[…] The aim of the historian is to understand what motivates men and to decipher the evolution of societies. But for the poet, in this case the director, the task is to create a new mood ; a very risky aim considering the problem of any historical reconstruction which is to revive the feeling of a period.
[…] The impression generated by this extraordinary movie is sublime and true, and as such the film is a gift to all cineastes from one of the last Masters of Italian cinema. Vancini, as if by magic, puts the viewer in the middle of a living city of 1506 ; he captures the full lyrical beauty and contemplative dimensions of a time and place long gone. Without this enchanted film all we would have of those golden days would be that which still stands – the immortal churches and buildings of Ferrara.
[..] Cruelty, violence, misery and pain : life in it’s most raw and extreme essence shakes the scenery of the locations that have been expressed metaphysically and fundamentally by De Chirico and Antonioni. Vancini’s challenge was not to be influenced by these others, but by the story of love and blood that crossed Ferrara. With only images and without words, as in a painting, the task would have been immense. Go to the cinema and experience this special moment from the history of Ferrara ; is is without pomposity, it is not dry and pedantic, it is not jugdemental : you will experience Ferrara history raw, breathing, and alive.
Born in Ferrara, as was Antonioni, Vancini belongs to the generation of fresh talent that irrupted into the Italian cinema during the Golden Age (around 1960). The wonderful “La lungo notte del ‘43” stands as voucher to his great gifts, and “La stagioni del notro amore” features a fabulous story delineating the shattered dreams of a 40 year-old man during the mid-sixties. “Bronte” and “Il delitto Matteotti” are two great successes from the period when Italian cinema got politicised to its most extreme degree.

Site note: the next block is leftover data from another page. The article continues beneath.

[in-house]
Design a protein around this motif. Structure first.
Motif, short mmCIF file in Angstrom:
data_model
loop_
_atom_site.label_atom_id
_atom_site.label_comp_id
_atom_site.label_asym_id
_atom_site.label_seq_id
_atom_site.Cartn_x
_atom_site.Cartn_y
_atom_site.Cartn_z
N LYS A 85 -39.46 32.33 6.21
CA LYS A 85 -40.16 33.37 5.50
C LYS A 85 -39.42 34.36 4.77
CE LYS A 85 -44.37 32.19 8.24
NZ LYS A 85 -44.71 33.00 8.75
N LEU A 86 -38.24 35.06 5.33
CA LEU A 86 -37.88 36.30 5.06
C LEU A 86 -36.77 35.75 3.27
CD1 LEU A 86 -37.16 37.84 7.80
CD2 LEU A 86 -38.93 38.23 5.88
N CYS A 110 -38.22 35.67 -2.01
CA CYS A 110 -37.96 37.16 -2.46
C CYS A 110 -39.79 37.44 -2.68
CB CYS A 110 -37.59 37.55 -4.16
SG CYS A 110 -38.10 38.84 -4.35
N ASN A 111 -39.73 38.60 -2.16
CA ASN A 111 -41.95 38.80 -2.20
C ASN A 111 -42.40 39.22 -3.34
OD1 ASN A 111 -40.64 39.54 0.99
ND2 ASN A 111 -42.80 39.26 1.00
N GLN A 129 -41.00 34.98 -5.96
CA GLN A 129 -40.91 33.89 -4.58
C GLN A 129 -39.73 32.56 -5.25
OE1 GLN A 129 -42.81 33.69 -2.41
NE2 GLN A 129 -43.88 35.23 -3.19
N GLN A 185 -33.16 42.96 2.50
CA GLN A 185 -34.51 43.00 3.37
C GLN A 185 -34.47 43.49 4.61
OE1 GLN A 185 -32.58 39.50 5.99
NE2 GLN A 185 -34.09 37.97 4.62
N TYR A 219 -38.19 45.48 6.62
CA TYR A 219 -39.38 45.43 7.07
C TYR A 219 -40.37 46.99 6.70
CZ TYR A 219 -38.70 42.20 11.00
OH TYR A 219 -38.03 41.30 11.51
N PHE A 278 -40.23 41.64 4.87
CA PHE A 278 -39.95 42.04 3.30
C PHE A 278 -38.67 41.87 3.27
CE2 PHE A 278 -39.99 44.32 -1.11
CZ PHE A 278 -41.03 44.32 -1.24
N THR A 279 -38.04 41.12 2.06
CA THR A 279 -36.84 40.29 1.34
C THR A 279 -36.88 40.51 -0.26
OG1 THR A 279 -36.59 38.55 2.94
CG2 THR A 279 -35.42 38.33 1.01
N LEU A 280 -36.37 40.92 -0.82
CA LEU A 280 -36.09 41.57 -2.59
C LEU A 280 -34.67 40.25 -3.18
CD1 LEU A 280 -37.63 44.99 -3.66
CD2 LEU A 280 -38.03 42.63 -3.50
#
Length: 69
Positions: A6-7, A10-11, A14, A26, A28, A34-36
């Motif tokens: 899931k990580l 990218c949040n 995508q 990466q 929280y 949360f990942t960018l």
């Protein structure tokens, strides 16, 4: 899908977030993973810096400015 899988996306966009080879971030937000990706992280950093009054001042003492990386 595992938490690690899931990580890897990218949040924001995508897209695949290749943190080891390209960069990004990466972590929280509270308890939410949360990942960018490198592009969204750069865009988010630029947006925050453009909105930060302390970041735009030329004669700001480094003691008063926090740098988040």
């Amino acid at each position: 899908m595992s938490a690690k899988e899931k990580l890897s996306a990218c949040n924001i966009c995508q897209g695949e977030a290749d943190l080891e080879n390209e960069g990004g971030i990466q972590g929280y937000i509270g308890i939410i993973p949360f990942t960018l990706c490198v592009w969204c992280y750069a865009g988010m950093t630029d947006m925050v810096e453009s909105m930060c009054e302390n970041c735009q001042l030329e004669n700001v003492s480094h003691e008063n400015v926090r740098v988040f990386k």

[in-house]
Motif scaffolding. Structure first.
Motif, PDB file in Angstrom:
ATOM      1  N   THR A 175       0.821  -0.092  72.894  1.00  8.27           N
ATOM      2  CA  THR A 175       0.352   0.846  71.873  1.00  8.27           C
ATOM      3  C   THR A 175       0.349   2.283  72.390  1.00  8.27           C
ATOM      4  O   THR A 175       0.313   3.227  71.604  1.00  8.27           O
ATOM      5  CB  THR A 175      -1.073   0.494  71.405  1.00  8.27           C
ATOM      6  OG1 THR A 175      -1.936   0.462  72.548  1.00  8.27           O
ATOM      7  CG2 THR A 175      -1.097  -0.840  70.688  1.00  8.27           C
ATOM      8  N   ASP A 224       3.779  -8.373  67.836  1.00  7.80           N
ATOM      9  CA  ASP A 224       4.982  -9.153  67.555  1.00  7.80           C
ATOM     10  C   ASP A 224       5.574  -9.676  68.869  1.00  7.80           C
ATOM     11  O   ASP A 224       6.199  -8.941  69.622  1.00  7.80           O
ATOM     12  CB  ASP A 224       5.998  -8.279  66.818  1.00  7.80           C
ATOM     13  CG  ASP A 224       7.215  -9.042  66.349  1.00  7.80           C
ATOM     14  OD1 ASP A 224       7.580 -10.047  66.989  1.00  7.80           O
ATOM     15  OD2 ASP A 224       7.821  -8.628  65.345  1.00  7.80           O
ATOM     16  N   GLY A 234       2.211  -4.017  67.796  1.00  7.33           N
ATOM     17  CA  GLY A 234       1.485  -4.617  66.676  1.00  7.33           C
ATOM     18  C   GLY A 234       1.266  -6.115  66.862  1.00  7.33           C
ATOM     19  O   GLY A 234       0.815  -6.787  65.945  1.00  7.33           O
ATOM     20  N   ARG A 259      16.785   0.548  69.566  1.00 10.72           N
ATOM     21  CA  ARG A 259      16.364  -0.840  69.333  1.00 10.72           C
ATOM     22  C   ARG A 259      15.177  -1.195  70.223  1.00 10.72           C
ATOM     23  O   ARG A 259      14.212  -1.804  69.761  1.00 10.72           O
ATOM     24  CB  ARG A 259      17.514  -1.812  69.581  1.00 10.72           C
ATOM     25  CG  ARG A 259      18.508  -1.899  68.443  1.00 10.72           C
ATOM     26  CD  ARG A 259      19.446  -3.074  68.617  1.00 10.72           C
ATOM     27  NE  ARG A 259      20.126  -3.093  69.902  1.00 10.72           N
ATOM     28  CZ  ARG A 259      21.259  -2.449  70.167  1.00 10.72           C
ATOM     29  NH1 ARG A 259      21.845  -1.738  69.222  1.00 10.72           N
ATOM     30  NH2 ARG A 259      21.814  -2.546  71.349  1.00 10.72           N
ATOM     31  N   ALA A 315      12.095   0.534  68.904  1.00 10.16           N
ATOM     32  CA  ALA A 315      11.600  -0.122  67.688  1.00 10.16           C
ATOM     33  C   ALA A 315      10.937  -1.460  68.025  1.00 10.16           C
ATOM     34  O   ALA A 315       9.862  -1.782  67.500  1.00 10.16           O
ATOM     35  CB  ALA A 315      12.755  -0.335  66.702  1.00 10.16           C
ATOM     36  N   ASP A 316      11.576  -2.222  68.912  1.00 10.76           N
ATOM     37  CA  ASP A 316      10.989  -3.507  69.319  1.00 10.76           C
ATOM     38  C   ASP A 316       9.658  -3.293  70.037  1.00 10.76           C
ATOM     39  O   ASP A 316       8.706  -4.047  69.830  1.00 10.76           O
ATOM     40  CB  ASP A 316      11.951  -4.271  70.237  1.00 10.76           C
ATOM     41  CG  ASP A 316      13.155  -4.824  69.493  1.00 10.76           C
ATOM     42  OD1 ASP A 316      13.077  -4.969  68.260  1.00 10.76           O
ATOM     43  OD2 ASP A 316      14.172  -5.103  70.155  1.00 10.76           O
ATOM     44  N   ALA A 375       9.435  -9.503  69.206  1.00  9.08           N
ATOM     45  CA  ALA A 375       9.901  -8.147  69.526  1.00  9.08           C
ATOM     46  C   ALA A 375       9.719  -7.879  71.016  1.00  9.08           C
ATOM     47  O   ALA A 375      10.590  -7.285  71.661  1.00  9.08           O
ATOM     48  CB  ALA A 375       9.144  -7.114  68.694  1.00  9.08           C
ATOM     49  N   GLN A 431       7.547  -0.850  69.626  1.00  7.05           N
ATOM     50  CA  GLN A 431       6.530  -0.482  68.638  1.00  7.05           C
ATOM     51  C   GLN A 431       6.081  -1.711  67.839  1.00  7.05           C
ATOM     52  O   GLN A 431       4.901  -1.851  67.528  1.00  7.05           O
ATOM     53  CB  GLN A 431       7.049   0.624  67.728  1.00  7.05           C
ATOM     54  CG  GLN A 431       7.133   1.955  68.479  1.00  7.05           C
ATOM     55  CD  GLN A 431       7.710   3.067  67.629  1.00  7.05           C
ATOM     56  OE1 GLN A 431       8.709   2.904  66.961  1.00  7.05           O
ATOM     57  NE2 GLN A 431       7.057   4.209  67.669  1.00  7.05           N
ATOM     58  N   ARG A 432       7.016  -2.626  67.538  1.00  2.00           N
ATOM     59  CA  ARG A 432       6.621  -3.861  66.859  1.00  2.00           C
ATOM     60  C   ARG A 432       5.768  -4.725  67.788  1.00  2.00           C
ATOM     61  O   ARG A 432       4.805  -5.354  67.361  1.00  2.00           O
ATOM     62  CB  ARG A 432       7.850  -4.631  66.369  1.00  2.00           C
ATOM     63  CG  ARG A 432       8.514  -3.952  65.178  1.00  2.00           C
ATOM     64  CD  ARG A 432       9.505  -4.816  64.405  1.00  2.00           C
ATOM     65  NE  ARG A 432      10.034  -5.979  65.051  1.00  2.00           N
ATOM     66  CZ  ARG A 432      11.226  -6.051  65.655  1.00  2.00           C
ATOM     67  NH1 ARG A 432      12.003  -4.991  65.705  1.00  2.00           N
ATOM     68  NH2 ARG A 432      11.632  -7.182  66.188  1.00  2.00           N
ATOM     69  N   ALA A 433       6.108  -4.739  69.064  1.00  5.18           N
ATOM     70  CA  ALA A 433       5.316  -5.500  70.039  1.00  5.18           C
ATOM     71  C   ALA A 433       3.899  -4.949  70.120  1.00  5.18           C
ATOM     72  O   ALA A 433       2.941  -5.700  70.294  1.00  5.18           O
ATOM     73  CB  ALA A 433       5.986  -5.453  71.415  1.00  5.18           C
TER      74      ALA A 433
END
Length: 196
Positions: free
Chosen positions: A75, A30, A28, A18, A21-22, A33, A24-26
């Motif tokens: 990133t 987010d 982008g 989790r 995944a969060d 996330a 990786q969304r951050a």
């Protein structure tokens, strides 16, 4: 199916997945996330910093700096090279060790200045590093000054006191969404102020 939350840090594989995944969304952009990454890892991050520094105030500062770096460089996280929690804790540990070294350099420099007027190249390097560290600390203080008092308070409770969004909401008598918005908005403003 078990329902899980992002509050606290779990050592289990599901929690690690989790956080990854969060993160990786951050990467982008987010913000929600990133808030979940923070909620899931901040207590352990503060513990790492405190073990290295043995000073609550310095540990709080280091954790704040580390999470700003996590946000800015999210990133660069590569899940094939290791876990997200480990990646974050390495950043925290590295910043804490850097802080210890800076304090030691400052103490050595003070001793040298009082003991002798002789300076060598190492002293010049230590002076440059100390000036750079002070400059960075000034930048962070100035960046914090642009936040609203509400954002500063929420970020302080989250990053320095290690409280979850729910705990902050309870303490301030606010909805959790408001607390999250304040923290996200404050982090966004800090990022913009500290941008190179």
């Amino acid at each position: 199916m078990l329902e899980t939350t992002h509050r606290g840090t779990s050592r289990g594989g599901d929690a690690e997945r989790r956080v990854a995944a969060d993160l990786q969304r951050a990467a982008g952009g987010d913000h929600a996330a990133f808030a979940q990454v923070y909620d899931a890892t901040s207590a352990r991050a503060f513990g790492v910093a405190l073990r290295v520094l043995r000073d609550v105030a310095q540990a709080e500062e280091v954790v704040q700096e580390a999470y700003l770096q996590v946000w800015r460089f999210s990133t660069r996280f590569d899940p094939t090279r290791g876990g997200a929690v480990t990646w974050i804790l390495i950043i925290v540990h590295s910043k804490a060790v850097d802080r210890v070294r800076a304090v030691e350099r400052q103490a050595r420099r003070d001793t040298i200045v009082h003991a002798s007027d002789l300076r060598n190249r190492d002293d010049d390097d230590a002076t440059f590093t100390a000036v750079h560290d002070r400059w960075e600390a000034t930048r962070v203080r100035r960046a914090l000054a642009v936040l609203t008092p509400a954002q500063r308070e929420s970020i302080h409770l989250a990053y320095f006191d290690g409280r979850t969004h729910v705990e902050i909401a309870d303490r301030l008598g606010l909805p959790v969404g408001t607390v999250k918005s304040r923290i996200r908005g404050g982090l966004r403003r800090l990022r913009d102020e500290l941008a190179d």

“E ridendo l’uccise” is a coming back to cultural roots. The plot unfolds in front of a rich background : one both accurate and fanciful (the story was co-written by Massimo Felisatti), and takes us to the early 1500s in Ferrara and to the Estense Court. The death of Duke Ercole I starts a blood feud between the four sons. On one side we see Alfonso, heir to the throne and husband of Lucrezia Borgia, and Alfonso is allied with Cardinal Ippolito. On the other side sit Giulio and Ferrante, who seem trapped in the shadow of those more powerful. We see around these central figures both famous characters and unknown people : for example, the poet Ludovico Ariosto. The principal plot is that of high-level conspiracies, but the real protagonist is a character of humble origins. Moschino, the court buffoon, he is the one who is always ready to change masters or to lower his head in exchange for favours or to save his own life. His person is a subtle intelligence, and one grappling with the constant threat of annihilation because, as he full well understands, his very existence hangs precariously on the whims of his many masters. Around him we see a lot of minor characters, all of those upon which the movie really place its attentions, all of those nameless ones who have been banned from the official chronicles of history. These were the miserable masses, the general population who lives were not valued, those who needed to be available to do anything merely to procure food and shelter.